eISSN: 2299-0038
ISSN: 1643-8876
Menopause Review/Przegląd Menopauzalny
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vol. 19
Case report

Postmenopausal adnexal torsion: rare case report

Ibrahim A. Abdelazim
1, 2
Mohannad AbuFaza
Yerbol Bekmukhambetov
Gulmira Zhurabekova
Svetlana Shikanova

Department of Obstetrics and Gynecology, Ain Shams University, Cairo, Egypt
Department of Obstetrics and Gynecology, Ahmadi Kuwait Oil (KOC) Company Hospital, Ahmadi, Kuwait
Department of Oncology, West Kazakhstan Marat Ospanov Medical University, Aktobe, Kazakhstan
Department of Normal and Topographic Anatomy, West Kazakhstan Marat Ospanov Medical University, Aktobe, Kazakhstan
Department of Obstetrics and Gynecology No. 1, West Kazakhstan Marat Ospanov Medical University, Aktobe, Kazakhstan
Menopause Rev 2020; 19(1): 49-51
Online publish date: 2020/04/27
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Adnexal torsion is a rare emergency condition occurring at any age [1]. Adnexal torsion occurs in 2-15% of women who have had previous surgical treatment for adnexal masses or cysts [1].
Most of the adnexal and/or ovarian torsions occur at reproductive age and are less common in postmenopausal age [1, 2].
This report represents a rare case of an adnexal torsion in a postmenopausal woman, to highlight that adnexal torsion can occur at any age and that the presence of ovarian mass or cyst predispose to adnexal torsion at any age.

Case report

A 49-year-old menopausal woman for the last two years presented to the Emergency Department of Ahmadi Hospital, Kuwait Oil Company (KOC) with abdominal pain. She had a palpable pelvi-abdominal mass and abdominal tenderness on examination.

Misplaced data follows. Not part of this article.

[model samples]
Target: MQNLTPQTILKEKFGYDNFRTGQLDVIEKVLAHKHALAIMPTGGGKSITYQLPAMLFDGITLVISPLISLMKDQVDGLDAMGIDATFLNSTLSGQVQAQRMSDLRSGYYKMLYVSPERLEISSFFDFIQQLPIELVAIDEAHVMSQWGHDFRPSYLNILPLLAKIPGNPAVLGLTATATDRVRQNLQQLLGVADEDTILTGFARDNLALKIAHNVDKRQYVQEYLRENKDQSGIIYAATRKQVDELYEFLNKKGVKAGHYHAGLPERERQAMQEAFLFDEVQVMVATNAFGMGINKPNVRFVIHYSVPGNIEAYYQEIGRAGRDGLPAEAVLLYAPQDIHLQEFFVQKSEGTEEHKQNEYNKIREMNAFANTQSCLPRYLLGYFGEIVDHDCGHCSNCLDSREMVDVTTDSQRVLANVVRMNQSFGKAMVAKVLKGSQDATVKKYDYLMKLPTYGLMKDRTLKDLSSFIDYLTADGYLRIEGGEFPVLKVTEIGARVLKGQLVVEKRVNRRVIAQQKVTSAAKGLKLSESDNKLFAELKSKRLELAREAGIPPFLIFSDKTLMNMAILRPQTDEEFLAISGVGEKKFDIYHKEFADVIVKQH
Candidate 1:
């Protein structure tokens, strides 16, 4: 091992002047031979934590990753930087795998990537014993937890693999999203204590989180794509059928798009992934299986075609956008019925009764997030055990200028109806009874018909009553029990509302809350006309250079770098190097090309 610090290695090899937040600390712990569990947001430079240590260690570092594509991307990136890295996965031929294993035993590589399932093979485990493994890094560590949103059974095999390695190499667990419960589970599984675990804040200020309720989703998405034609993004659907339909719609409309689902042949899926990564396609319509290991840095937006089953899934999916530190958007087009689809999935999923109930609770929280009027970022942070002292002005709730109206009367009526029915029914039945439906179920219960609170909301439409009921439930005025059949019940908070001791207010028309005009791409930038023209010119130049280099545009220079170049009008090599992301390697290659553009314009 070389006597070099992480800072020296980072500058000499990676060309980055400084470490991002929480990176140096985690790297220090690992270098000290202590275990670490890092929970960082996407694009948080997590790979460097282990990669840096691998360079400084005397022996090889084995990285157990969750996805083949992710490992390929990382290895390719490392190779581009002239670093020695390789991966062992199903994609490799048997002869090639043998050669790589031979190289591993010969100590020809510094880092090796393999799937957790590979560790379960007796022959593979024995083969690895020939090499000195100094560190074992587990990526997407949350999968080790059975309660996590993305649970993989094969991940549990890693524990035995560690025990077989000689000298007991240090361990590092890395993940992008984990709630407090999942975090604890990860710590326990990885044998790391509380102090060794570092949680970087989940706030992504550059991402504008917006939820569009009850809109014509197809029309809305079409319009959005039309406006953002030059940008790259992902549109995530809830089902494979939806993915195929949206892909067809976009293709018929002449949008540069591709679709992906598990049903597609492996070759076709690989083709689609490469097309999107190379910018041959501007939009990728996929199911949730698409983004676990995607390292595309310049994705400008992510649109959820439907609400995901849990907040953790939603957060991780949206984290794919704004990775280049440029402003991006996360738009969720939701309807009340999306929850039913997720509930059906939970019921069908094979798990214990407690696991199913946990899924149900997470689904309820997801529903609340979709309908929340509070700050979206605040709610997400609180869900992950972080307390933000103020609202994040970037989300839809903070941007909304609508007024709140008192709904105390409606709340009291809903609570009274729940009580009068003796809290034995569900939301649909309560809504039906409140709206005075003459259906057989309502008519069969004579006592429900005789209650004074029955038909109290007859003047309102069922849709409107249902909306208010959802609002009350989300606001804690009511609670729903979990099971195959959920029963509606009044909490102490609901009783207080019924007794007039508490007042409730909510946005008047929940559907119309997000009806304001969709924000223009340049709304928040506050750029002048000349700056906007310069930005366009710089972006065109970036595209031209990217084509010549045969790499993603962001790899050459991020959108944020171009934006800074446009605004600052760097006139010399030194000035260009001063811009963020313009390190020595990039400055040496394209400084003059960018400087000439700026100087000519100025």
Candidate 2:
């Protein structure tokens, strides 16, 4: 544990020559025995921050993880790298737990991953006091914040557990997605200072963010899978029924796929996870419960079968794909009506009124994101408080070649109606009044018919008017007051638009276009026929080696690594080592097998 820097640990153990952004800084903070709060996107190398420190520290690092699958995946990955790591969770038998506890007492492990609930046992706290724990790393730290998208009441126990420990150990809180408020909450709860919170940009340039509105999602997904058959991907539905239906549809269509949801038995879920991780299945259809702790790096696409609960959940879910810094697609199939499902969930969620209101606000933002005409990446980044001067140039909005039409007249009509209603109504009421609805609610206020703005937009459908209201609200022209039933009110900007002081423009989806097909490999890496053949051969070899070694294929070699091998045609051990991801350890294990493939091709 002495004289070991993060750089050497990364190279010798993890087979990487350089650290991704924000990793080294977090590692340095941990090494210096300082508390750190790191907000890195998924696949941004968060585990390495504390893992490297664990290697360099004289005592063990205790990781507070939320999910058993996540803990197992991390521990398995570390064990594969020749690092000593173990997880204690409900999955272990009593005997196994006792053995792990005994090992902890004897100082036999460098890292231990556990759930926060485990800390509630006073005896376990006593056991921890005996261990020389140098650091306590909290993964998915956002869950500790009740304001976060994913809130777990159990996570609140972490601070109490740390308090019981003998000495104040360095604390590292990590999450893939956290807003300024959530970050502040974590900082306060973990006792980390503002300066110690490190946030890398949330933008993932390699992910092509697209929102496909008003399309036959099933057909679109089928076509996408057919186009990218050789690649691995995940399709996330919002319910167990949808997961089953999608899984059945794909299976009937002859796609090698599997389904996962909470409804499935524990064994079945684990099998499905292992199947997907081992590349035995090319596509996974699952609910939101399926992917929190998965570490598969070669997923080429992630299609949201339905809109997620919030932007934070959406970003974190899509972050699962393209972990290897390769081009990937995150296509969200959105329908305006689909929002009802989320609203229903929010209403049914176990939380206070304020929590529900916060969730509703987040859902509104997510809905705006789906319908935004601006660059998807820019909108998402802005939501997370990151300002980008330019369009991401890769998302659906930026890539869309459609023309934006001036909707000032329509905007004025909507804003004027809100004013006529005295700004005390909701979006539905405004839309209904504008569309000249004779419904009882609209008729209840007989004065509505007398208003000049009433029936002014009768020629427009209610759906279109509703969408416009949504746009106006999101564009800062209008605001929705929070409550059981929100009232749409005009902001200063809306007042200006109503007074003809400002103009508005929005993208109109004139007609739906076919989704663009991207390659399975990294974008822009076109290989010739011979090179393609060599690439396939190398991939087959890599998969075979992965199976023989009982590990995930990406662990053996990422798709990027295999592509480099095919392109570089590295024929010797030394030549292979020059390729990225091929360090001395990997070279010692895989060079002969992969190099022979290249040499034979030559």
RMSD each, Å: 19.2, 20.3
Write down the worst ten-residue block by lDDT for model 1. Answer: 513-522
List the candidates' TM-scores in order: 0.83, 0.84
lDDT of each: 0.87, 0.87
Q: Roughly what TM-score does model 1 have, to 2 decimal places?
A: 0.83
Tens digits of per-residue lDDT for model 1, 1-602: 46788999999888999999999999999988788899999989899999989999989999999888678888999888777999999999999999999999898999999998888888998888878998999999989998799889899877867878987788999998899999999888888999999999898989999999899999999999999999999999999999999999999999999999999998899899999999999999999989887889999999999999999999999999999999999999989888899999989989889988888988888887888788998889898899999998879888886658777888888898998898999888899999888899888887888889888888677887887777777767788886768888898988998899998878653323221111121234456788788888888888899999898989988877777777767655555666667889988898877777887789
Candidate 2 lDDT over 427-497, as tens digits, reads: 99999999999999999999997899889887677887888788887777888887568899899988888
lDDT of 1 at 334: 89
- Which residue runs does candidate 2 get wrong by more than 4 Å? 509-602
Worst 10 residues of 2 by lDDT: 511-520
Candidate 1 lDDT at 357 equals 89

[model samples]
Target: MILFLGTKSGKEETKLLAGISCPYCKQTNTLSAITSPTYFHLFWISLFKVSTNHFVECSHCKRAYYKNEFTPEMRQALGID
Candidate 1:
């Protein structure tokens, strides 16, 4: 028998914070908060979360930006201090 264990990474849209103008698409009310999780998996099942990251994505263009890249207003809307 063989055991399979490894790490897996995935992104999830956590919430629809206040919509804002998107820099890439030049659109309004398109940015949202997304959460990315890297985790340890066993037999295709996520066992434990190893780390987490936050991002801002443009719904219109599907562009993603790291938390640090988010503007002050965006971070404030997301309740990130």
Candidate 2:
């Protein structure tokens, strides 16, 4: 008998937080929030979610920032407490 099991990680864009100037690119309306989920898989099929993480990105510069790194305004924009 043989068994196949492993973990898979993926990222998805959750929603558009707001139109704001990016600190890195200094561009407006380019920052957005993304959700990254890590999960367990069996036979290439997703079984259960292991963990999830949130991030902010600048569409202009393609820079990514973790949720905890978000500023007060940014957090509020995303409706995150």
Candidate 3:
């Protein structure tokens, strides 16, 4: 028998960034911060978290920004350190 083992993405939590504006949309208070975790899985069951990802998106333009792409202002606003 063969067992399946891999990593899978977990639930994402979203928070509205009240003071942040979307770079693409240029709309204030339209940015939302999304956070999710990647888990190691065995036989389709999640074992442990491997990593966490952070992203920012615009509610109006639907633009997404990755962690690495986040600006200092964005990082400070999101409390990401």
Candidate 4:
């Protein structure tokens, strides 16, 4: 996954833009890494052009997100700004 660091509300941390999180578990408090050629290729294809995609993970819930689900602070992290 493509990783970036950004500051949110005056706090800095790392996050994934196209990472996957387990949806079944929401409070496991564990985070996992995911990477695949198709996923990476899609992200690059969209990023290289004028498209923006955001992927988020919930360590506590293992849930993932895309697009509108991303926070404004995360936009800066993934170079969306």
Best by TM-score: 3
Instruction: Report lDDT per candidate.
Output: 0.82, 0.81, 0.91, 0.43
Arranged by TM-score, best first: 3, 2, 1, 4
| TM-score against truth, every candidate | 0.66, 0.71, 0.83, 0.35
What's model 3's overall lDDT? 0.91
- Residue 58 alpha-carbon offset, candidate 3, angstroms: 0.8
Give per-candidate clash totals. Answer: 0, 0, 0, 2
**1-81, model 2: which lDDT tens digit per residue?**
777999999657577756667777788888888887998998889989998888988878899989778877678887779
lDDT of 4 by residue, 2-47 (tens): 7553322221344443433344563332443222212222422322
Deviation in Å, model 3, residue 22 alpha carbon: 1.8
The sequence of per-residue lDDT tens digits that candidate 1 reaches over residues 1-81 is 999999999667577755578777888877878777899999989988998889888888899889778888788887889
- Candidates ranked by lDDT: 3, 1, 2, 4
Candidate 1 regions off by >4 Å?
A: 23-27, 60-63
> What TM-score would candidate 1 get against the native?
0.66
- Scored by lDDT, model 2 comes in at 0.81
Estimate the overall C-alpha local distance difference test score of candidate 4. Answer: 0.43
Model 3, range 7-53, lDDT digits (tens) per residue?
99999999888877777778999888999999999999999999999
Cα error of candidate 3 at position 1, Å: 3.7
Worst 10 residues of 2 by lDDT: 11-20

Departmental ultrasound showed a large multilocular right adnexal cyst (15 cm × 12 cm) with numerous thin septations, and the locules contained fluid of different echogenicity (mucin). Departmental ultrasound followed by magnetic resonance image (MRI) showed a large multilocular right adnexal cyst (15 cm × 12 cm) containing fluid with variable signal intensities on both T1 and T2 sequences (stained glass appearance), most probably mucinous cystadenoma (Fig. 1).
The studied woman signed an informed consent form and agreed to exploratory laparotomy and adnexectomy. After the pre-operative investigations, which were done according to the hospital protocol, including CA-125 (26 IU/ml) and anaesthesia consultation, she was booked for laparotomy.
At laparotomy an ovarian cyst originating from the right ovary was found with evidence of torsion of the infundibulopelvic and the utero-ovarian ligaments (adnexal torsion) (Fig. 2).
The right adnexa including the right ovary containing the ovarian cyst and the right fallopian tube was excised (adnexectomy) (Fig. 3).
The excised right adnexa including the ovarian cyst, which measured 15 cm × 12 cm, was sent for histological examination (Fig. 4).
The histological examination of the excised adnexa showed a multilocular cyst with variable size locules lined by flat columnar and low cuboidal cells overlying fibrous connective tissue stroma of spindle cells confirming the diagnosis of mucinous cystadenoma of the ovary.
The patient was discharged home after an uneventful post-operative hospital stay on the fifth post-operative day. Written consent from the studied woman and departmental approval were taken to publish the studied woman’s data as a case report.


Mucinous cystadenoma of the ovary is a benign tumour from the surface epithelium of the ovary [3] and constitutes 15% of all ovarian tumours – usually presenting as a large multilocular cyst with smooth outer surface [3].